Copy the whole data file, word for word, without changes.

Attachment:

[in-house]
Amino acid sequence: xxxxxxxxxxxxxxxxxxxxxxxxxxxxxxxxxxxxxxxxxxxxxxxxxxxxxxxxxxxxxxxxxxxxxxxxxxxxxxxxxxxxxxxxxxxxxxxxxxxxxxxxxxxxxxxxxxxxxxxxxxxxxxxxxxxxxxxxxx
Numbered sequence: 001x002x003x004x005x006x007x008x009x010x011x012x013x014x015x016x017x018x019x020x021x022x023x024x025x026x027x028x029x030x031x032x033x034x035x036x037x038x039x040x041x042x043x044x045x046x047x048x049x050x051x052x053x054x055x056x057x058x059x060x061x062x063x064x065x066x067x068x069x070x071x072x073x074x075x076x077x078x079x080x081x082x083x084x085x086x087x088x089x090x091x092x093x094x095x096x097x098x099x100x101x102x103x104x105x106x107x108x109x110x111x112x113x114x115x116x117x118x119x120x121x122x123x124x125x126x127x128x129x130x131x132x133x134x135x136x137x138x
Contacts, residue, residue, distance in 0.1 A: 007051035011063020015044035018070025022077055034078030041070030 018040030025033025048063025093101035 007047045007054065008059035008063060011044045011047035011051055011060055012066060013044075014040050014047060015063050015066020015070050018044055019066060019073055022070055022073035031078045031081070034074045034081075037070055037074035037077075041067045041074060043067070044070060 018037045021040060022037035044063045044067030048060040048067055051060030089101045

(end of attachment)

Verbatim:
[in-house]
Amino acid sequence: xxxxxxxxxxxxxxxxxxxxxxxxxxxxxxxxxxxxxxxxxxxxxxxxxxxxxxxxxxxxxxxxxxxxxxxxxxxxxxxxxxxxxxxxxxxxxxxxxxxxxxxxxxxxxxxxxxxxxxxxxxxxxxxxxxxxxxxxxx
Numbered sequence: 001x002x003x004x005x006x007x008x009x010x011x012x013x014x015x016x017x018x019x020x021x022x023x024x025x026x027x028x029x030x031x032x033x034x035x036x037x038x039x040x041x042x043x044x045x046x047x048x049x050x051x052x053x054x055x056x057x058x059x060x061x062x063x064x065x066x067x068x069x070x071x072x073x074x075x076x077x078x079x080x081x082x083x084x085x086x087x088x089x090x091x092x093x094x095x096x097x098x099x100x101x102x103x104x105x106x107x108x109x110x111x112x113x114x115x116x117x118x119x120x121x122x123x124x125x126x127x128x129x130x131x132x133x134x135x136x137x138x
Contacts, residue, residue, distance in 0.1 A: 007051035011063020015044035018070025022077055034078030041070030 018040030025033025048063025093101035 007047045007054065008059035008063060011044045011047035011051055011060055012066060013044075014040050014047060015063050015066020015070050018044055019066060019073055022070055022073035031078045031081070034074045034081075037070055037074035037077075041067045041074060043067070044070060 018037045021040060022037035044063045044067030048060040048067055051060030089101045